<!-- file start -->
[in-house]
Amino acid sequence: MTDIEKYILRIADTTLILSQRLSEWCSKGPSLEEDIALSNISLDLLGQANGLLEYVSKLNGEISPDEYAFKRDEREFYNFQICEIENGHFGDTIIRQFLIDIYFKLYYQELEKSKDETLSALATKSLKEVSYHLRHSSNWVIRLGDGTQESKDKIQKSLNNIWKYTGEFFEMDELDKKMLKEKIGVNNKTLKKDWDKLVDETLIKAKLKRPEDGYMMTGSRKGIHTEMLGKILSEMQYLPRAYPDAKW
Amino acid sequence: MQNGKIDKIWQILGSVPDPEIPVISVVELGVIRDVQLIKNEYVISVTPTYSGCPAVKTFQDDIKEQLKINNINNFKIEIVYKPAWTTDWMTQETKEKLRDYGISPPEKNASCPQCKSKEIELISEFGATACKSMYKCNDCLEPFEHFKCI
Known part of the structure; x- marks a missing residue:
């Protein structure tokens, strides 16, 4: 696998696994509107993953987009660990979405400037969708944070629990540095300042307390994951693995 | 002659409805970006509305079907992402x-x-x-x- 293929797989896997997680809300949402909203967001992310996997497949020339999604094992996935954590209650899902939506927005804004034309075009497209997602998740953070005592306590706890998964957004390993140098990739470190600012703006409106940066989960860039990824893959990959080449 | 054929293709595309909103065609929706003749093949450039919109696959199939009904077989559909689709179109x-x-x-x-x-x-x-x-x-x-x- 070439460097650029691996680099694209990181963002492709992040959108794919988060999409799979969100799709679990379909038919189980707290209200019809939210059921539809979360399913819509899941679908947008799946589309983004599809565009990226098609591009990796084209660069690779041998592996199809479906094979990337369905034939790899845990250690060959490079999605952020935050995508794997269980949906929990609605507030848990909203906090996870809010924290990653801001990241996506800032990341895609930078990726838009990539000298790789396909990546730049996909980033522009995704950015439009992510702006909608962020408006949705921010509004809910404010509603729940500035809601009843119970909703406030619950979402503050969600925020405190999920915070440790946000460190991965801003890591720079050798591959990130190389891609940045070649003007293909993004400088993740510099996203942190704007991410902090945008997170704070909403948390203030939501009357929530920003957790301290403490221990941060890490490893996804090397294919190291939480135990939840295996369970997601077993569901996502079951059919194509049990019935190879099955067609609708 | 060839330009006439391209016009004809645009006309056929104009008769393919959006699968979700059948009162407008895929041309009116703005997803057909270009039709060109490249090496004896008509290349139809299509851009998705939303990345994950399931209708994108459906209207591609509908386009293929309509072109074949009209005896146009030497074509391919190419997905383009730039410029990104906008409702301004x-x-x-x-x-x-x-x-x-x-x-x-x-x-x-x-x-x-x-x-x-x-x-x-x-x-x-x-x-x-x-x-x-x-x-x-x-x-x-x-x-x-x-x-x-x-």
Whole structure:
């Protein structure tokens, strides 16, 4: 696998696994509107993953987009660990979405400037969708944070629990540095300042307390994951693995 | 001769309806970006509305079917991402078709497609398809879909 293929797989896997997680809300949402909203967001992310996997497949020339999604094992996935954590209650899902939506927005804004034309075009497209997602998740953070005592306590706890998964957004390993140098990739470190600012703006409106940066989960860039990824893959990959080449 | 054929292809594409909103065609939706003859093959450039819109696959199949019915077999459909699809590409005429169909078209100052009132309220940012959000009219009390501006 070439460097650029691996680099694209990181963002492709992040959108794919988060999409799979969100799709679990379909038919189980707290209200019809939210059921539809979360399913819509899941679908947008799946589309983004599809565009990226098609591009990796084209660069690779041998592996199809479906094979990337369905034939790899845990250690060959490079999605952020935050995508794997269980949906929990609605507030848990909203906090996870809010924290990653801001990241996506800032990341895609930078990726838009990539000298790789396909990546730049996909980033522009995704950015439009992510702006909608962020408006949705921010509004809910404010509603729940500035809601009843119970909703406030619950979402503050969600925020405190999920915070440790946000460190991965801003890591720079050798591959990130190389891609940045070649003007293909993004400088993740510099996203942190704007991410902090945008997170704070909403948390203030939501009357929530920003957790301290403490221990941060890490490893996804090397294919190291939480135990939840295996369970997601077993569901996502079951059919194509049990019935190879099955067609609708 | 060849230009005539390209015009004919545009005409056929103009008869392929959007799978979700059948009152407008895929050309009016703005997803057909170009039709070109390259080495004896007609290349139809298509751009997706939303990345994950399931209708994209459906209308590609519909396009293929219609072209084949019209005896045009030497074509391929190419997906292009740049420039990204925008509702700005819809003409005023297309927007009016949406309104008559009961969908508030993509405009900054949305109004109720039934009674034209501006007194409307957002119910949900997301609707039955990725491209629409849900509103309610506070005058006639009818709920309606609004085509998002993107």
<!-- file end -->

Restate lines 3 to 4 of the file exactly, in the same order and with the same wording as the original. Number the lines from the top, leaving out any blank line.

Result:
Amino acid sequence: MQNGKIDKIWQILGSVPDPEIPVISVVELGVIRDVQLIKNEYVISVTPTYSGCPAVKTFQDDIKEQLKINNINNFKIEIVYKPAWTTDWMTQETKEKLRDYGISPPEKNASCPQCKSKEIELISEFGATACKSMYKCNDCLEPFEHFKCI
Known part of the structure; x- marks a missing residue: